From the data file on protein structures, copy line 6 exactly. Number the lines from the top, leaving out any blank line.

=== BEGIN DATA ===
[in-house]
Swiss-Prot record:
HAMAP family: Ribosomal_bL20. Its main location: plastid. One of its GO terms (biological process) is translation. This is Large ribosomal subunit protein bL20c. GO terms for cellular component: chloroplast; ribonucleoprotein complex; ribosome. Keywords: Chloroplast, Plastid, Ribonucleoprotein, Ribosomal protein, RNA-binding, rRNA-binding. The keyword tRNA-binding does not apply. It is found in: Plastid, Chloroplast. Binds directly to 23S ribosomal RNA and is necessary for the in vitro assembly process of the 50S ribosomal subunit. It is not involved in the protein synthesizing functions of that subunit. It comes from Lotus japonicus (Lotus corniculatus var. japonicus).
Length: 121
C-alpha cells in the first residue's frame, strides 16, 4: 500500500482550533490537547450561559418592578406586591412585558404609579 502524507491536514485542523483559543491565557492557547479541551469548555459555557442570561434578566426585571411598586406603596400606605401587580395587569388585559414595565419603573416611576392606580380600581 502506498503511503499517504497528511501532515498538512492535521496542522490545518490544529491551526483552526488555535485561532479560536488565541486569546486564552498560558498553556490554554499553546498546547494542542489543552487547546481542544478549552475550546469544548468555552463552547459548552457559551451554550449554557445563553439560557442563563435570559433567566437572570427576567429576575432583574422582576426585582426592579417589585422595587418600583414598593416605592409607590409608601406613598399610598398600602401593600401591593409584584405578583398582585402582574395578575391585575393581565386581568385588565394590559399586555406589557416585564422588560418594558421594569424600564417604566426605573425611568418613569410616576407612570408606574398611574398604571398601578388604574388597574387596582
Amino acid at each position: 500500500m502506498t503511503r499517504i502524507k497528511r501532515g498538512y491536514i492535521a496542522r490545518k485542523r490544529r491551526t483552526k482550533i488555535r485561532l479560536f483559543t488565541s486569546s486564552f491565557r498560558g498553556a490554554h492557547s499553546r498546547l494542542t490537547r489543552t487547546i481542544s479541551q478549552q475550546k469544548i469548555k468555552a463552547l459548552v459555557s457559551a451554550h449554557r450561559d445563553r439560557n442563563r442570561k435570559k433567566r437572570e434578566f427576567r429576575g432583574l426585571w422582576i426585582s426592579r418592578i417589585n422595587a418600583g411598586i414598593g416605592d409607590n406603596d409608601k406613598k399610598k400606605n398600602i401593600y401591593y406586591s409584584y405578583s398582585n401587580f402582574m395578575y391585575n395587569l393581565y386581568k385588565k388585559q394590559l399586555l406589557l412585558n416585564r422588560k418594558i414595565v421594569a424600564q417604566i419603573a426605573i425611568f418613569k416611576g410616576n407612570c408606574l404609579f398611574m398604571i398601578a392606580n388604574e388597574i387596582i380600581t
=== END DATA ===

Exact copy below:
Amino acid at each position: 500500500m502506498t503511503r499517504i502524507k497528511r501532515g498538512y491536514i492535521a496542522r490545518k485542523r490544529r491551526t483552526k482550533i488555535r485561532l479560536f483559543t488565541s486569546s486564552f491565557r498560558g498553556a490554554h492557547s499553546r498546547l494542542t490537547r489543552t487547546i481542544s479541551q478549552q475550546k469544548i469548555k468555552a463552547l459548552v459555557s457559551a451554550h449554557r450561559d445563553r439560557n442563563r442570561k435570559k433567566r437572570e434578566f427576567r429576575g432583574l426585571w422582576i426585582s426592579r418592578i417589585n422595587a418600583g411598586i414598593g416605592d409607590n406603596d409608601k406613598k399610598k400606605n398600602i401593600y401591593y406586591s409584584y405578583s398582585n401587580f402582574m395578575y391585575n395587569l393581565y386581568k385588565k388585559q394590559l399586555l406589557l412585558n416585564r422588560k418594558i414595565v421594569a424600564q417604566i419603573a426605573i425611568f418613569k416611576g410616576n407612570c408606574l404609579f398611574m398604571i398601578a392606580n388604574e388597574i387596582i380600581t